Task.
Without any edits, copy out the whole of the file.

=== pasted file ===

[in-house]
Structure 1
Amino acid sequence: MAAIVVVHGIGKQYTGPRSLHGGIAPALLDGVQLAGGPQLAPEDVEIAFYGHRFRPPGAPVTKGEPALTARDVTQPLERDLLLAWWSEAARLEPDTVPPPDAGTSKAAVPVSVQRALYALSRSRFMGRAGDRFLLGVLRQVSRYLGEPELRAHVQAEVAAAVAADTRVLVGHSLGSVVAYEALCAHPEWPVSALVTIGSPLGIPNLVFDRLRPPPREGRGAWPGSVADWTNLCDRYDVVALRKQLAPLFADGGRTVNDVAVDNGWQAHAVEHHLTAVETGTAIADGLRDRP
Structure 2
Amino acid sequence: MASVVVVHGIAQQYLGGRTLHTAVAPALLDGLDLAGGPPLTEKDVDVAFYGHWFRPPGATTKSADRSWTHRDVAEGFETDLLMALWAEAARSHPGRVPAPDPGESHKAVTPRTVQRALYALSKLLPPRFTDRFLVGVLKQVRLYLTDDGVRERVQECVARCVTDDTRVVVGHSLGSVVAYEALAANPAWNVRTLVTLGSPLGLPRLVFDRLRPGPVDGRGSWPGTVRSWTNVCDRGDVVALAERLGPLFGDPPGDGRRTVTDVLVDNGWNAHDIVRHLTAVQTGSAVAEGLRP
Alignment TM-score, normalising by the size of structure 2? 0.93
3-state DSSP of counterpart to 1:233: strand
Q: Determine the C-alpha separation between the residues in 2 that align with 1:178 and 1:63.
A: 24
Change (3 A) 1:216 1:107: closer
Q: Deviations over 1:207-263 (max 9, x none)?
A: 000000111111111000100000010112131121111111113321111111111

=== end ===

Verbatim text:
[in-house]
Structure 1
Amino acid sequence: MAAIVVVHGIGKQYTGPRSLHGGIAPALLDGVQLAGGPQLAPEDVEIAFYGHRFRPPGAPVTKGEPALTARDVTQPLERDLLLAWWSEAARLEPDTVPPPDAGTSKAAVPVSVQRALYALSRSRFMGRAGDRFLLGVLRQVSRYLGEPELRAHVQAEVAAAVAADTRVLVGHSLGSVVAYEALCAHPEWPVSALVTIGSPLGIPNLVFDRLRPPPREGRGAWPGSVADWTNLCDRYDVVALRKQLAPLFADGGRTVNDVAVDNGWQAHAVEHHLTAVETGTAIADGLRDRP
Structure 2
Amino acid sequence: MASVVVVHGIAQQYLGGRTLHTAVAPALLDGLDLAGGPPLTEKDVDVAFYGHWFRPPGATTKSADRSWTHRDVAEGFETDLLMALWAEAARSHPGRVPAPDPGESHKAVTPRTVQRALYALSKLLPPRFTDRFLVGVLKQVRLYLTDDGVRERVQECVARCVTDDTRVVVGHSLGSVVAYEALAANPAWNVRTLVTLGSPLGLPRLVFDRLRPGPVDGRGSWPGTVRSWTNVCDRGDVVALAERLGPLFGDPPGDGRRTVTDVLVDNGWNAHDIVRHLTAVQTGSAVAEGLRP
Alignment TM-score, normalising by the size of structure 2? 0.93
3-state DSSP of counterpart to 1:233: strand
Q: Determine the C-alpha separation between the residues in 2 that align with 1:178 and 1:63.
A: 24
Change (3 A) 1:216 1:107: closer
Q: Deviations over 1:207-263 (max 9, x none)?
A: 000000111111111000100000010112131121111111113321111111111